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Sally Corp’s Mystic Mansion opens at OWA in Alabama


Every good amusement park needs a dark ride. The Park at OWA has just launched one with a classic theme, courtesy of Sally Corp.

Mystic Mansion is an interactive ghost train based around Sally’s licence-free Ghost Blasters concept, which has already been a hit at parks around the world. The attraction opened at the venue in Foley, Alabama, on June 15.


The Park at OWA’s director of marketing, Kristin Hellmich explains the reasons for going with ghosts. “We wanted quality, something that will stand the test of time. But what we were really after is having guests leave with a memory that they will want to relive, time and time again.”

With its creepy yet comical characters, striking black light effects and 91 interactive targets spread over 15 scenes, Mystic Mansion offers lots to entertain families.


Meet Boocifer and friends

Before hopping into the Ghost Tracker ride vehicles, brave riders are greeted in the queue line by Professor Phearstruck (as pictured below). He explains to waiting guests the history of Mystic Mansion, its curse and who haunts it now. The spooky star of the ride is the ghost Boocifer.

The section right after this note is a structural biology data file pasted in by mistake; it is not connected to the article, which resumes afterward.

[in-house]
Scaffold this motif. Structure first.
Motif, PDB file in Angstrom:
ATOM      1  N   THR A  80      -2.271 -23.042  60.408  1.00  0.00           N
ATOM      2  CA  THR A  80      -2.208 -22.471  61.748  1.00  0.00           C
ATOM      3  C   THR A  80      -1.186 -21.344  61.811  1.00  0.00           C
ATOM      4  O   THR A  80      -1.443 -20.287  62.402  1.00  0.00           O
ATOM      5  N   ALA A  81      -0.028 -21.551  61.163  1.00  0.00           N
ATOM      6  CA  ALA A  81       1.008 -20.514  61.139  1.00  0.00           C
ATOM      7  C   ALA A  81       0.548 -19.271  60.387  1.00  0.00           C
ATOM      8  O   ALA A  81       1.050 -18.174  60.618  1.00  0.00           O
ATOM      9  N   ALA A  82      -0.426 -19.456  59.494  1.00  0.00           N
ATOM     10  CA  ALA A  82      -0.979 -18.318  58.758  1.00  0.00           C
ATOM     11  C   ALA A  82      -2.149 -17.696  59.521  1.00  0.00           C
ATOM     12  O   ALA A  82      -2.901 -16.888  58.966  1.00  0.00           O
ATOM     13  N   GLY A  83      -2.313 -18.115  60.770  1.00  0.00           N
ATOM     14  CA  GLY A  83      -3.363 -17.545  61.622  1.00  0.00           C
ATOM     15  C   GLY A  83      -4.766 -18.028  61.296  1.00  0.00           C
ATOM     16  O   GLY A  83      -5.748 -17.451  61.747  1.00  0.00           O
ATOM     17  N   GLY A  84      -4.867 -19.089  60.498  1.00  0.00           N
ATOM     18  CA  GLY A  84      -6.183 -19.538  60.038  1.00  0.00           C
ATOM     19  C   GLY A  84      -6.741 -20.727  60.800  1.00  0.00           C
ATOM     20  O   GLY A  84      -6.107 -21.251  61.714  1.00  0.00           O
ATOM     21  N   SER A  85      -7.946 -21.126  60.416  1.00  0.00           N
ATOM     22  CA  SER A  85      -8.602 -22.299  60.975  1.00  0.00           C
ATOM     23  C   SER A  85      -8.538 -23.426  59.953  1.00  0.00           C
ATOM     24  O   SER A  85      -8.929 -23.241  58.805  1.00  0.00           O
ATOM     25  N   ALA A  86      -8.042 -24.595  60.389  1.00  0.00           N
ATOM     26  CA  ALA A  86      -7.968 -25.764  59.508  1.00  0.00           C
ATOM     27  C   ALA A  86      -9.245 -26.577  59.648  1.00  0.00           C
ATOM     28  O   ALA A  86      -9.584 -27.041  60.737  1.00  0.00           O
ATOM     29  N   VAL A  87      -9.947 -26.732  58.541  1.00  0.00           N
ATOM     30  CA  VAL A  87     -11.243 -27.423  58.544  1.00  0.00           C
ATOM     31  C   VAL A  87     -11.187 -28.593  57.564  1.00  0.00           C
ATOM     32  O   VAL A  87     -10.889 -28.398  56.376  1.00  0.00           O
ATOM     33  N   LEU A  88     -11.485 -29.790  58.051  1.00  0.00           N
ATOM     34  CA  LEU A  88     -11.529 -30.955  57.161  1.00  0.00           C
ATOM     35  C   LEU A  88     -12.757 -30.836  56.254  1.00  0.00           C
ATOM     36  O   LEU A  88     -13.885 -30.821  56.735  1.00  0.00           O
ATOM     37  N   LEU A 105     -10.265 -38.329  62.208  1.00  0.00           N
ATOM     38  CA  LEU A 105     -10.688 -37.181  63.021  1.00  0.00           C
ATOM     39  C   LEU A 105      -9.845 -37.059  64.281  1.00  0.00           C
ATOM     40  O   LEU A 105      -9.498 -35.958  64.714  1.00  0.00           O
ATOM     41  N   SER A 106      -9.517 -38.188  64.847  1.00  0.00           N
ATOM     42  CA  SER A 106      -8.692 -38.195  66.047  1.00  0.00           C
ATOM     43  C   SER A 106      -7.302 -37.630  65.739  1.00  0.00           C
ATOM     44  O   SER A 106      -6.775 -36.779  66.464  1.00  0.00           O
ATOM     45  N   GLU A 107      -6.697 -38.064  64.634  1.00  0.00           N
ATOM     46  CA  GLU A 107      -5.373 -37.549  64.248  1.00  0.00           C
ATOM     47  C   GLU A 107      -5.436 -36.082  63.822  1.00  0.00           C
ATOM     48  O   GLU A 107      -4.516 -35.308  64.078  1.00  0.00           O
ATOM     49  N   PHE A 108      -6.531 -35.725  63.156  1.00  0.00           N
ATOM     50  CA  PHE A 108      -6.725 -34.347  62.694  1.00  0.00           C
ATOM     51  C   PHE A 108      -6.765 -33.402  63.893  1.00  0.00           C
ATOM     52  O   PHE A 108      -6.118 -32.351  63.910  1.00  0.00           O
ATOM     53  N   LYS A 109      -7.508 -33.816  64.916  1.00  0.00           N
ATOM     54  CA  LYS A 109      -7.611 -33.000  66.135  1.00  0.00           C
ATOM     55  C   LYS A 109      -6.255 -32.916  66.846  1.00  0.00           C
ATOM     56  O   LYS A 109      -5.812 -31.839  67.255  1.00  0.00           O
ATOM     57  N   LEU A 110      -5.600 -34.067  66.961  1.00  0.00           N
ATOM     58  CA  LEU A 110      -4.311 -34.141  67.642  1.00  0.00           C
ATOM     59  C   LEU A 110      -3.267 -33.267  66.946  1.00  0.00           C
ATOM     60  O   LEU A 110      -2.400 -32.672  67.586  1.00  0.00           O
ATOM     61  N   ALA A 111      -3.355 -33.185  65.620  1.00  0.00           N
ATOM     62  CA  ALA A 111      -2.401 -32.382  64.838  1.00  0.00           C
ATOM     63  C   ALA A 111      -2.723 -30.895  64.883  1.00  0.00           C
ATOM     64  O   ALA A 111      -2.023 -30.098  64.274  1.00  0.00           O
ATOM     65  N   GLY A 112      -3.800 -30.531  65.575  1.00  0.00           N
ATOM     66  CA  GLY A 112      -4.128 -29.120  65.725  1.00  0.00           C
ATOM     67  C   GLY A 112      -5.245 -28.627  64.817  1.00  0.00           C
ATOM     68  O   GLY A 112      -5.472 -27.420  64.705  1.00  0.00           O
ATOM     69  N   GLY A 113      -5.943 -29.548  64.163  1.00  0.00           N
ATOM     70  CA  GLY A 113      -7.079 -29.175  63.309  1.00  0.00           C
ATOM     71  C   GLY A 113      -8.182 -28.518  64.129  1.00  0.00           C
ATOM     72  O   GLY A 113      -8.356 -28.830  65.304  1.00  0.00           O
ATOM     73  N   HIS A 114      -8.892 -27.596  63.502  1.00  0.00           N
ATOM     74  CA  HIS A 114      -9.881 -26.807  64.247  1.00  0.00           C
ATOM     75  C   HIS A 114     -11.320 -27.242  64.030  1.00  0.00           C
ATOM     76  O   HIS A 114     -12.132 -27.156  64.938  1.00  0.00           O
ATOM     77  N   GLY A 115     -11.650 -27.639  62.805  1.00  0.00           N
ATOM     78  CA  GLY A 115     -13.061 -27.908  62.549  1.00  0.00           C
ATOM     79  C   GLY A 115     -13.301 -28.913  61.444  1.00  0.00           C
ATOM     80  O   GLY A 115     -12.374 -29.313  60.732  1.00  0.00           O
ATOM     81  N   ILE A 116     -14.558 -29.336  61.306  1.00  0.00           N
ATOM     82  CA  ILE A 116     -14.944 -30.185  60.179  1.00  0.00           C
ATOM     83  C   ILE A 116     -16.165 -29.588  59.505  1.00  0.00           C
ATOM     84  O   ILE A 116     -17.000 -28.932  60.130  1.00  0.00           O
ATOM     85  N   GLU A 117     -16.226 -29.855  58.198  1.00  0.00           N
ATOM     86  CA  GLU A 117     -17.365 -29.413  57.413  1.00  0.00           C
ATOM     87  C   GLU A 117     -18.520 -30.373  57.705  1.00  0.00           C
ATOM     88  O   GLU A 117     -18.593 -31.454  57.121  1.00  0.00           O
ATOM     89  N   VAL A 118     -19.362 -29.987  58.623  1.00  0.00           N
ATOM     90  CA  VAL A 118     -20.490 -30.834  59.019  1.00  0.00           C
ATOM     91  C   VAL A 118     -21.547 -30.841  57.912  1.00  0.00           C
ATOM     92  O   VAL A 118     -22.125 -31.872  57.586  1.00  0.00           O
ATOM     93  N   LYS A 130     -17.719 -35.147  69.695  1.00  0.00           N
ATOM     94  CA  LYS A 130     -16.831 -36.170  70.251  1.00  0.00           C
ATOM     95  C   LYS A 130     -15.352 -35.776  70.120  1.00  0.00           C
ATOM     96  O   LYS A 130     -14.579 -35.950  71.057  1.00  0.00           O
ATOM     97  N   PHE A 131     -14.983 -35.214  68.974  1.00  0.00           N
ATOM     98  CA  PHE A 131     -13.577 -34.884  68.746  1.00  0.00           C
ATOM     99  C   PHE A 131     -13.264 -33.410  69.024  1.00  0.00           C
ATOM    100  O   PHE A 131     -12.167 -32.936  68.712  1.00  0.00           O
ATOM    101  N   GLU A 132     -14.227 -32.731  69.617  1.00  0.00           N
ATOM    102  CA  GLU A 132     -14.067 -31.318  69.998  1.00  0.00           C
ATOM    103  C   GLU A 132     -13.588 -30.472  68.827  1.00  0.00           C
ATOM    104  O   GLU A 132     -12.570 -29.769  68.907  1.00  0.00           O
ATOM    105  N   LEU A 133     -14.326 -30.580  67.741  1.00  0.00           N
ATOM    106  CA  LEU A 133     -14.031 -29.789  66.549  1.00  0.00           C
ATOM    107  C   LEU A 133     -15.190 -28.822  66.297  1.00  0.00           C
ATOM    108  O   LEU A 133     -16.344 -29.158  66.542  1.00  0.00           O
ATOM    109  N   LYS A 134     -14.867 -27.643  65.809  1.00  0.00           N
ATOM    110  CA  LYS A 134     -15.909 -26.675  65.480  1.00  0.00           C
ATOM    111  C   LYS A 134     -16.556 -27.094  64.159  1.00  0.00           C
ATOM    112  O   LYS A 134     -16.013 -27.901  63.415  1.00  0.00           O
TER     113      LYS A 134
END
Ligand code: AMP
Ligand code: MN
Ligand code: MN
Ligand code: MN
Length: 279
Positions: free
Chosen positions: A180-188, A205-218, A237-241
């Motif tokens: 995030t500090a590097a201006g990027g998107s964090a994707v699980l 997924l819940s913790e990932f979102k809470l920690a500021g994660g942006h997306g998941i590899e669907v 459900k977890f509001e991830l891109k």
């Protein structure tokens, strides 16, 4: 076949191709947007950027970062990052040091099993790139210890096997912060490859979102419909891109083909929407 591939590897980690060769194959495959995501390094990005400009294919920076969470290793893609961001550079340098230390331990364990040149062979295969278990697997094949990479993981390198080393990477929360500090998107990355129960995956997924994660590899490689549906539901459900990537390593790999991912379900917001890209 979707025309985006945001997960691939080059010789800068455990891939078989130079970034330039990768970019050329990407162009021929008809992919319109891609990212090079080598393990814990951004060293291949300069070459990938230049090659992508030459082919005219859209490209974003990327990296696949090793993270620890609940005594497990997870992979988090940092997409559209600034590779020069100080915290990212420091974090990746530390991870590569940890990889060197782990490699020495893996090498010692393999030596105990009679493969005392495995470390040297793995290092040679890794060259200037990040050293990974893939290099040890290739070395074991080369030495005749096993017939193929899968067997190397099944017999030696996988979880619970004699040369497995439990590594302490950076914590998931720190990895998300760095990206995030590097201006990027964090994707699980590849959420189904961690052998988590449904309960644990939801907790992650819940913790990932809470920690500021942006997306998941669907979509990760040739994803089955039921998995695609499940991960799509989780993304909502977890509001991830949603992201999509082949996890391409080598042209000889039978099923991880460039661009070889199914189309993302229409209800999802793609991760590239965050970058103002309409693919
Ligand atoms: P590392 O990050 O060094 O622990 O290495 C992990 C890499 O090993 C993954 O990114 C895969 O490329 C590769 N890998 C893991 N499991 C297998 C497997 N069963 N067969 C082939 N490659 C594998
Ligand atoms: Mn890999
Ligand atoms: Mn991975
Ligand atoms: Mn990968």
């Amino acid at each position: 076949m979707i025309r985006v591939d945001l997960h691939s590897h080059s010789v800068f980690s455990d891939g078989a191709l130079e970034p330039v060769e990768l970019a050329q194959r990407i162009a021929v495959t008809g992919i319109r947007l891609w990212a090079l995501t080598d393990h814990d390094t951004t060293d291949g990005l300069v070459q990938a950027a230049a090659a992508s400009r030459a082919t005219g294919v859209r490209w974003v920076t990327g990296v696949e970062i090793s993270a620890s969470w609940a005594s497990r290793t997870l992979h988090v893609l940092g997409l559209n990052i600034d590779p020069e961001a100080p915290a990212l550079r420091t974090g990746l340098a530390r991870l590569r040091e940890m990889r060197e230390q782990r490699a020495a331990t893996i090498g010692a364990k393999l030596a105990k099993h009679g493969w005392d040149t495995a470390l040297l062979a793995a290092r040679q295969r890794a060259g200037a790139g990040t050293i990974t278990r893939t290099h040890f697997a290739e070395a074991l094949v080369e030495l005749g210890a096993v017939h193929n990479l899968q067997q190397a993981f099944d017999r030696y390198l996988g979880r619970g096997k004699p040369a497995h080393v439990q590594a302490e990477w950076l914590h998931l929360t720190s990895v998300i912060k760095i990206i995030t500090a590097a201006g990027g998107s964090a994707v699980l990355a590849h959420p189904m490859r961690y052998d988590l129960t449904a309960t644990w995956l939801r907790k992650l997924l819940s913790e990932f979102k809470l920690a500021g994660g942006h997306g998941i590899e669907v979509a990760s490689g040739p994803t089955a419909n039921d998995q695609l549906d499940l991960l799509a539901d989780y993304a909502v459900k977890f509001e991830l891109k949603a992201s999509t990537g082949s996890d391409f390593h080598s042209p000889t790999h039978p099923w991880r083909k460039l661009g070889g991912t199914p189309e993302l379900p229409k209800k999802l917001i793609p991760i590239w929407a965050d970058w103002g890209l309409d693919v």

The new attraction is housed inside a custom-built 8,279 sq ft (770 sq m) building and features 393ft of track. Its nine cars, supplied by Bertazzon, each seats four riders. In addition to the interactive targets inside the ride, there are also 73 animated props. The ride time is around three minutes.


The Park at OWA opened in 2017 and is part of a wider leisure, retail and sports complex. Its star attraction is Rollin’ Thunder, a Thunderbolt coaster from Zamperla. Last summer the park added a water play area. There are also plans for an indoor waterpark and a hotel.

Mystic Manor is one of three new interactive dark rides for 2019 from Sally Corp.

One of Sally’s black light artists at work on Mystic Mansion
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Owen Ralph

Owen Ralph

As a Lead Features Writer for blooloop, Owen brings with him two decades of experience covering the amusement and attractions industry for trade publications, including World’s Fair, Coinslot International, Kirmes & Park Revue and Park World, where he spent 15 years as Editor. He is currently a member of the IAAPA EMEA Education Subcommittee.

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